This is not the first time the FDA has offered some tough talk. The latest warning, however, comes from FDA deputy chief for litigation Eric Blumberg, who spoke at an industry conference yesterday and reiterated agency interest in targeting pharma execs for misdemeanor prosecutions if their companies engage in off-label marketing.
His remarks come amid growing complaints that the large fines paid and corporate integrity agreements signed by drugmakers to settle such charges are, essentially, viewed as a cost of doing business and that few, if any, individuals with sweeping corporate authority are held accountable. Among the drugmakers that have settled are Pfizer, Eli Lilly, Johnson & Johnson, AstraZeneca, Bristol-Myers Squibb, Allergan, Forest Laboratories and Novartis.
“It’s clear we’re not getting the job done with large, monetary settlements,” Blumberg told the conference, according to Bloomberg News. “Unless the government shows more resolve to criminally charge individuals at all levels in the company, we cannot expect to make progress in deterring off-label promotion...If you’re a corporate executive or are advising a corporate executive, now is the time to comply. That conduct may already be under the criminal microscope.”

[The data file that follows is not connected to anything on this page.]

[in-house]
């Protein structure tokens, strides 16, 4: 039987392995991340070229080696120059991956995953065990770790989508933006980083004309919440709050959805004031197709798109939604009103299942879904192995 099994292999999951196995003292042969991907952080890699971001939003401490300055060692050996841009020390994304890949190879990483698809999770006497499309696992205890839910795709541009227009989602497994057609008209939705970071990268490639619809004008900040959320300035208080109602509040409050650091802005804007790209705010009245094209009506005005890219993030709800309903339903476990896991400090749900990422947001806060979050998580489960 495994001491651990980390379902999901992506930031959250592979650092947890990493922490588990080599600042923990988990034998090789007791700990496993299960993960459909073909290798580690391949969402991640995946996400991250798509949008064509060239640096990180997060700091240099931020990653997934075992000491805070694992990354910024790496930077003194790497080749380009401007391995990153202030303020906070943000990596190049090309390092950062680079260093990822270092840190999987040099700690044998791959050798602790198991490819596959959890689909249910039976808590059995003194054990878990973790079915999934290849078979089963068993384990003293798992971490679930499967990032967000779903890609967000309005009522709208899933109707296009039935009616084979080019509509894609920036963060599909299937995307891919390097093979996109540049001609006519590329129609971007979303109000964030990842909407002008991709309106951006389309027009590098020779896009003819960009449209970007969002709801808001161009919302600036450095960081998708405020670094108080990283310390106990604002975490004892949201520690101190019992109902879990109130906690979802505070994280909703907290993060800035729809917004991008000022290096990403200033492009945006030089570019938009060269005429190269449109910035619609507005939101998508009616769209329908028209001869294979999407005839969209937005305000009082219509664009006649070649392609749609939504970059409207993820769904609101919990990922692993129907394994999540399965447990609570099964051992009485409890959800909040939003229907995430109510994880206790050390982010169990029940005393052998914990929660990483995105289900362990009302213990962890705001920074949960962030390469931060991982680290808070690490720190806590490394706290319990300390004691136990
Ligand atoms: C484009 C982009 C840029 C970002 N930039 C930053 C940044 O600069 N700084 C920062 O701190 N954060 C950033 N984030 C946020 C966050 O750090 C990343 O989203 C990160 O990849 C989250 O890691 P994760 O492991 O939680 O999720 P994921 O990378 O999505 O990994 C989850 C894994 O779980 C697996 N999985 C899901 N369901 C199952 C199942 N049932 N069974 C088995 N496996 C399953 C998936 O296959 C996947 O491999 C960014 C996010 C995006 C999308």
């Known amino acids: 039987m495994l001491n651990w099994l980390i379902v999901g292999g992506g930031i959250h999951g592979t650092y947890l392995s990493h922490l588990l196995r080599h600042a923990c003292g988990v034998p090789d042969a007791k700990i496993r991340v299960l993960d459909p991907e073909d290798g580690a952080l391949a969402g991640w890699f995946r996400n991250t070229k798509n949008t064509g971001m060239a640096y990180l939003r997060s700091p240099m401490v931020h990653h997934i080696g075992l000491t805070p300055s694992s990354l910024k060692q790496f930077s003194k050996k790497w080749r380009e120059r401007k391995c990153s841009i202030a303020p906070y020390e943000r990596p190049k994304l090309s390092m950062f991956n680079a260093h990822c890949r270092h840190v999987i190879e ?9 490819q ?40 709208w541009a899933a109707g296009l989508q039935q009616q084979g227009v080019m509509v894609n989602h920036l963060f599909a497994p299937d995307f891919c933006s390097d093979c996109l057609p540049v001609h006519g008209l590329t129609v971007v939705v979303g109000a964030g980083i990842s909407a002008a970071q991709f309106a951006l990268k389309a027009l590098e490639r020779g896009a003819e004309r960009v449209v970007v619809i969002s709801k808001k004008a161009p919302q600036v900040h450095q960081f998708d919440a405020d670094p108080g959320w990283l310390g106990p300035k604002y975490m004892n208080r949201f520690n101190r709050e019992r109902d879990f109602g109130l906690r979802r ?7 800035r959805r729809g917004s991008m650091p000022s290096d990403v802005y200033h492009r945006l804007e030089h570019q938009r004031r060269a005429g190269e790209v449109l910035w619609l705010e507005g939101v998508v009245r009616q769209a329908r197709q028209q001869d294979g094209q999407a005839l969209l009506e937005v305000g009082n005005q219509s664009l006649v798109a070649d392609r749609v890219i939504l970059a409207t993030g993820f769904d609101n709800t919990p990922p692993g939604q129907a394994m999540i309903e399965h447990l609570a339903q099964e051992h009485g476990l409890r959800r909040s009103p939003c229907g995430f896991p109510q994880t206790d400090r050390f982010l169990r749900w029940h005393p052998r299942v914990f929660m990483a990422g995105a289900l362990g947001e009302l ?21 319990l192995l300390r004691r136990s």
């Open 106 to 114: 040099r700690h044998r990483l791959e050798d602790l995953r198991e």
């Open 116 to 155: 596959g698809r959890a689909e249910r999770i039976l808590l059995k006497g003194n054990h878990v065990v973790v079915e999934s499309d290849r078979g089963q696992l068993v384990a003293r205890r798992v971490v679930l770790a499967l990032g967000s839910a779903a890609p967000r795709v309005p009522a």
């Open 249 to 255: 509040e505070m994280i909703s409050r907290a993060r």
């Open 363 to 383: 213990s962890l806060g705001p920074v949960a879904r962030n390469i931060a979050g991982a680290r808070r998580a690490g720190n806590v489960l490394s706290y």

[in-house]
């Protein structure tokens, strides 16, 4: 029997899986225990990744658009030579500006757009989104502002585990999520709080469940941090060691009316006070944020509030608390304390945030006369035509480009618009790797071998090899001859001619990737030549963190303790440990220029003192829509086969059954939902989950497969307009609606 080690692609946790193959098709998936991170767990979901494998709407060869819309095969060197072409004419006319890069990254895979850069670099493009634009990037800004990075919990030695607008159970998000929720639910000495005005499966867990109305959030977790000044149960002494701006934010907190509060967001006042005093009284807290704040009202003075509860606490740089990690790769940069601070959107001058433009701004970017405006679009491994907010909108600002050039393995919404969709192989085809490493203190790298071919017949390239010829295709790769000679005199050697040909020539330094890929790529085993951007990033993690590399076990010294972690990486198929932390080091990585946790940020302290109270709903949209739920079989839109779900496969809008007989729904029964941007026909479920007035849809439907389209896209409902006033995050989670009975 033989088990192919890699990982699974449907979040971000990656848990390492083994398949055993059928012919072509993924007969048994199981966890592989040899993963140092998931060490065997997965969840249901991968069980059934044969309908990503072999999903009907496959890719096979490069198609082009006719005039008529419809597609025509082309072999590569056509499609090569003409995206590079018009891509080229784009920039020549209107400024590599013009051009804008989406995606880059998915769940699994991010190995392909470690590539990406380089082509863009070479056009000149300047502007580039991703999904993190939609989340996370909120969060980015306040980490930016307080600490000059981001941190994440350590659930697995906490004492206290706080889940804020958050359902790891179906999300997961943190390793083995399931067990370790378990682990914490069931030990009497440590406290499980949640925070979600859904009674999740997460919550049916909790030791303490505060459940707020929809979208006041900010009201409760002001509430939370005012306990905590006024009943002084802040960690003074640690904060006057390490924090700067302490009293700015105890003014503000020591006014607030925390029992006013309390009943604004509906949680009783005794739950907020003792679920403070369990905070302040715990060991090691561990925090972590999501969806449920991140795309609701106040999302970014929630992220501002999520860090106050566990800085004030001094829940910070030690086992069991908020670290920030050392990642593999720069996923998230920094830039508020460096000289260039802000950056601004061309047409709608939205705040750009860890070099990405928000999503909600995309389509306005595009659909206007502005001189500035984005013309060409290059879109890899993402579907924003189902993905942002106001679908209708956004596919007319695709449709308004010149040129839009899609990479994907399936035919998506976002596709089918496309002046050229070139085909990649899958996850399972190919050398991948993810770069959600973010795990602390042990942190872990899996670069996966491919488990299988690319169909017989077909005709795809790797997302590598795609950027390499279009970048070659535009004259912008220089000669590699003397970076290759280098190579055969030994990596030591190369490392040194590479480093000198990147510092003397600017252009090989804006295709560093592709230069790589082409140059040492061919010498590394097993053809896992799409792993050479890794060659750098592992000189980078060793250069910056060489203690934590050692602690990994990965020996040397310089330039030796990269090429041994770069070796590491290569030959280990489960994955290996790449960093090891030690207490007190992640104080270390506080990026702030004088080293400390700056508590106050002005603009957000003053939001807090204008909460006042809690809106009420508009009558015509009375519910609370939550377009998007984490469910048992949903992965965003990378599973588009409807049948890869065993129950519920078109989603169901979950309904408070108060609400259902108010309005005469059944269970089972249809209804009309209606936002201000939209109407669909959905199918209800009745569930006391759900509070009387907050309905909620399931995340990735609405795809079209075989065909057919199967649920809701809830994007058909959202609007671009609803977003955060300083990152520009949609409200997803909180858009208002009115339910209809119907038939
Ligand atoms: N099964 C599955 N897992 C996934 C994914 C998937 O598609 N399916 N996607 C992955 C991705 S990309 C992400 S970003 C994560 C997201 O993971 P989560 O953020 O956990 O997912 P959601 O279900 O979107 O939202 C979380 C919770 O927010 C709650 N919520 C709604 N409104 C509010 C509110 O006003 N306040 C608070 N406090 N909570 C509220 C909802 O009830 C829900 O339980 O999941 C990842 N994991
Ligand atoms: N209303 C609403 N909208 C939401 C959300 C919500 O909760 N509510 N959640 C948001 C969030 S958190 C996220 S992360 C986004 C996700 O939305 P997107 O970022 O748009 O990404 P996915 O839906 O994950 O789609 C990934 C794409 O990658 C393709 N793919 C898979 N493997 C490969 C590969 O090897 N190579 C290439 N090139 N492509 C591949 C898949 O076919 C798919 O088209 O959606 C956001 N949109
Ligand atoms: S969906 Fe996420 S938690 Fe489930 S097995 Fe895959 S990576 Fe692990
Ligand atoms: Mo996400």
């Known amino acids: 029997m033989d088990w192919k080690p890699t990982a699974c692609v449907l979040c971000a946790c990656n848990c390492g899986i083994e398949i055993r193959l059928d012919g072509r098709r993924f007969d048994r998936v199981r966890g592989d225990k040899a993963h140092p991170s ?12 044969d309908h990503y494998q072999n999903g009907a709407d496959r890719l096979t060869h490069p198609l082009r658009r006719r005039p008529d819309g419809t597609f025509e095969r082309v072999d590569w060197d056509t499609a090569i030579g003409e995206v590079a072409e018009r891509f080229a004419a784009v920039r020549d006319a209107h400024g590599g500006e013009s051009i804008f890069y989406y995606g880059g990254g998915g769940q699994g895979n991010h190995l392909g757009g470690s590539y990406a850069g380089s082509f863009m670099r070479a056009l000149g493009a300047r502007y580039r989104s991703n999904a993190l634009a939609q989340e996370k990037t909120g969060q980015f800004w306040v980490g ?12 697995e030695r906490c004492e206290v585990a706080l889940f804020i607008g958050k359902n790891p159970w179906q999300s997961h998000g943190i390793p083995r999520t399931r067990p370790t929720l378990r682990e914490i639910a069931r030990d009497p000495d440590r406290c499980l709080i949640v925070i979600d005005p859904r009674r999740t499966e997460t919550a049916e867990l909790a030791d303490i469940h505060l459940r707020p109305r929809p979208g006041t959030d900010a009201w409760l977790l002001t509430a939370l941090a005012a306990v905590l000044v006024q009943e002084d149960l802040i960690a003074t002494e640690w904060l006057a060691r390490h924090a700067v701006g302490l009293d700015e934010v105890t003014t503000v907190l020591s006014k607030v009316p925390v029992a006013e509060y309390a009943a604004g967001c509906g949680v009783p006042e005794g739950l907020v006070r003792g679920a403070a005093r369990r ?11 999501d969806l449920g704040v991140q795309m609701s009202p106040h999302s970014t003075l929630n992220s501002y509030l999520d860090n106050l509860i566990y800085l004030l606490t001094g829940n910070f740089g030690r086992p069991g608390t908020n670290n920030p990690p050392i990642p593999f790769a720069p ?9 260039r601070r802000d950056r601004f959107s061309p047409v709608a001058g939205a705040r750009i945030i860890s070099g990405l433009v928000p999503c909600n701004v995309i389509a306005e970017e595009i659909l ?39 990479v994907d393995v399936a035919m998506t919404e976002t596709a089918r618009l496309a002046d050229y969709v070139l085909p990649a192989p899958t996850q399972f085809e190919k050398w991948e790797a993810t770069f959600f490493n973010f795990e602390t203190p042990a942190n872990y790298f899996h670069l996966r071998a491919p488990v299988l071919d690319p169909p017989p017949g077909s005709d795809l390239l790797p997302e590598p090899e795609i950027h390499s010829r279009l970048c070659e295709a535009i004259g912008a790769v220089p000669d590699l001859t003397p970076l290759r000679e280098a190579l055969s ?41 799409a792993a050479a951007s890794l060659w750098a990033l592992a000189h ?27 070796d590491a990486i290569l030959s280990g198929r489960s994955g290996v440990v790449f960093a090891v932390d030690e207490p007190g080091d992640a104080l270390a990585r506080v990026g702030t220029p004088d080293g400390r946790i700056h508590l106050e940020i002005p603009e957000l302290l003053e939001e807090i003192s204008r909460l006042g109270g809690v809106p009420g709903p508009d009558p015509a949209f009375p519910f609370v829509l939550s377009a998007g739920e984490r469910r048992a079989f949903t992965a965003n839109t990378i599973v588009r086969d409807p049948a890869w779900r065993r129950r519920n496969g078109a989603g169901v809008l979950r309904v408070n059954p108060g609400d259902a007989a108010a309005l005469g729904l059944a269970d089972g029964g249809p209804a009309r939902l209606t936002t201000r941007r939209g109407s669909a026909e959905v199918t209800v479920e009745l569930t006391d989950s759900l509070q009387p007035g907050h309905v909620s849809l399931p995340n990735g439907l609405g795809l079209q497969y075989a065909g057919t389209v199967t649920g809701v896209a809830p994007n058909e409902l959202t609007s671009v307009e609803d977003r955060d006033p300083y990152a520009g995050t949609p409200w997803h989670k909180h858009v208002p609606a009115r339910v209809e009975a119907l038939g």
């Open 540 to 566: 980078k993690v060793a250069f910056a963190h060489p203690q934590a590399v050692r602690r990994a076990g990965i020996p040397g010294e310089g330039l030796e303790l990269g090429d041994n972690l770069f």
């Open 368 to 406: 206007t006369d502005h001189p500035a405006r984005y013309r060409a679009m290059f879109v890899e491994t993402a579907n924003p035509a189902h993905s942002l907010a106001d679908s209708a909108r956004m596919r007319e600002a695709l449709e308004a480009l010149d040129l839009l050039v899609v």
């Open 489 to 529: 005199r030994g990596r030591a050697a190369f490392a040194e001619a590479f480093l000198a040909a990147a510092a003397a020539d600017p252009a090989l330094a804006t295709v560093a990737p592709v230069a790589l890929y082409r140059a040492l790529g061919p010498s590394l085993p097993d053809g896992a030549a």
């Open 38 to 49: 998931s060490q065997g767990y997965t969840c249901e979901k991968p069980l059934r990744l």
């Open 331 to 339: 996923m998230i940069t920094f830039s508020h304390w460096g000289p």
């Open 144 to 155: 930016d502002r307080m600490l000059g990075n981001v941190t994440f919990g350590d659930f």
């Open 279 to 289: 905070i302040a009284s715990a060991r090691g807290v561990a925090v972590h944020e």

What's at stake? An exec could face up to $100,000 in fines and one year in jail (shareholders may object the employer pays for legal representation, but that is a separate matter). The FDA also can bar individuals from working in the industry. Last March, the FDA indicated it would pursue misdemeanor charges (back story), most likely by using a legal tool known as the Park Doctrine, which the agency last used more than a decade ago to press felony charges.
The emphasis on prosecution also comes as the Health and Human Services Office of Inspector General pushes for measures that would make it possible to ban pharma execs from doing business with federal health programs, such as Medicare and Medicaid, if their companies have been convicted of fraud. The House, in fact, recently passed a bill toward that end (see here).